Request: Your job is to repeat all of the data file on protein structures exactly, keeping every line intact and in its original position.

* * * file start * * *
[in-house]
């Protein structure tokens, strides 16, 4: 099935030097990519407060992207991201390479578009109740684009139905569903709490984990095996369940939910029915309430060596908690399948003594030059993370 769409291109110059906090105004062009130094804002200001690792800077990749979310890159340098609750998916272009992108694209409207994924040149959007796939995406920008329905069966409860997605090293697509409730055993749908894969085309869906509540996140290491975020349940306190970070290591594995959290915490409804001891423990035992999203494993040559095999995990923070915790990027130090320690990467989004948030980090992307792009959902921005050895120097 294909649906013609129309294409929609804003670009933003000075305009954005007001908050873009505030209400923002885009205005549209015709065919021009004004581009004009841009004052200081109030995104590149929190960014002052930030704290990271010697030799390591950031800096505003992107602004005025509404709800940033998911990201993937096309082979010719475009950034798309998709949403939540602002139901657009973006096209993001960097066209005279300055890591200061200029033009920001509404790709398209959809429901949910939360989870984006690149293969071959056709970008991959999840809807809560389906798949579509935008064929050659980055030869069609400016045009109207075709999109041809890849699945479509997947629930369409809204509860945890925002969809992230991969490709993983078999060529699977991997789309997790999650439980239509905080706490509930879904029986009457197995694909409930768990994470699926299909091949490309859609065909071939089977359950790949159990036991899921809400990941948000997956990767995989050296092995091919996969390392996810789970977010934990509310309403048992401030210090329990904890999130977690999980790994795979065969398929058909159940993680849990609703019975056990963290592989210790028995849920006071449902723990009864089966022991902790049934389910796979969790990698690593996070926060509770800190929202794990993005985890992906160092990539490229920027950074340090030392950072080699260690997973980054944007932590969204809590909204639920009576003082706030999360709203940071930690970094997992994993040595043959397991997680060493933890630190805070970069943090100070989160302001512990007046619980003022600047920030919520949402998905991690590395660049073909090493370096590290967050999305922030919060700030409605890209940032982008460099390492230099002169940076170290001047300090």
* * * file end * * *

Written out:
[in-house]
């Protein structure tokens, strides 16, 4: 099935030097990519407060992207991201390479578009109740684009139905569903709490984990095996369940939910029915309430060596908690399948003594030059993370 769409291109110059906090105004062009130094804002200001690792800077990749979310890159340098609750998916272009992108694209409207994924040149959007796939995406920008329905069966409860997605090293697509409730055993749908894969085309869906509540996140290491975020349940306190970070290591594995959290915490409804001891423990035992999203494993040559095999995990923070915790990027130090320690990467989004948030980090992307792009959902921005050895120097 294909649906013609129309294409929609804003670009933003000075305009954005007001908050873009505030209400923002885009205005549209015709065919021009004004581009004009841009004052200081109030995104590149929190960014002052930030704290990271010697030799390591950031800096505003992107602004005025509404709800940033998911990201993937096309082979010719475009950034798309998709949403939540602002139901657009973006096209993001960097066209005279300055890591200061200029033009920001509404790709398209959809429901949910939360989870984006690149293969071959056709970008991959999840809807809560389906798949579509935008064929050659980055030869069609400016045009109207075709999109041809890849699945479509997947629930369409809204509860945890925002969809992230991969490709993983078999060529699977991997789309997790999650439980239509905080706490509930879904029986009457197995694909409930768990994470699926299909091949490309859609065909071939089977359950790949159990036991899921809400990941948000997956990767995989050296092995091919996969390392996810789970977010934990509310309403048992401030210090329990904890999130977690999980790994795979065969398929058909159940993680849990609703019975056990963290592989210790028995849920006071449902723990009864089966022991902790049934389910796979969790990698690593996070926060509770800190929202794990993005985890992906160092990539490229920027950074340090030392950072080699260690997973980054944007932590969204809590909204639920009576003082706030999360709203940071930690970094997992994993040595043959397991997680060493933890630190805070970069943090100070989160302001512990007046619980003022600047920030919520949402998905991690590395660049073909090493370096590290967050999305922030919060700030409605890209940032982008460099390492230099002169940076170290001047300090």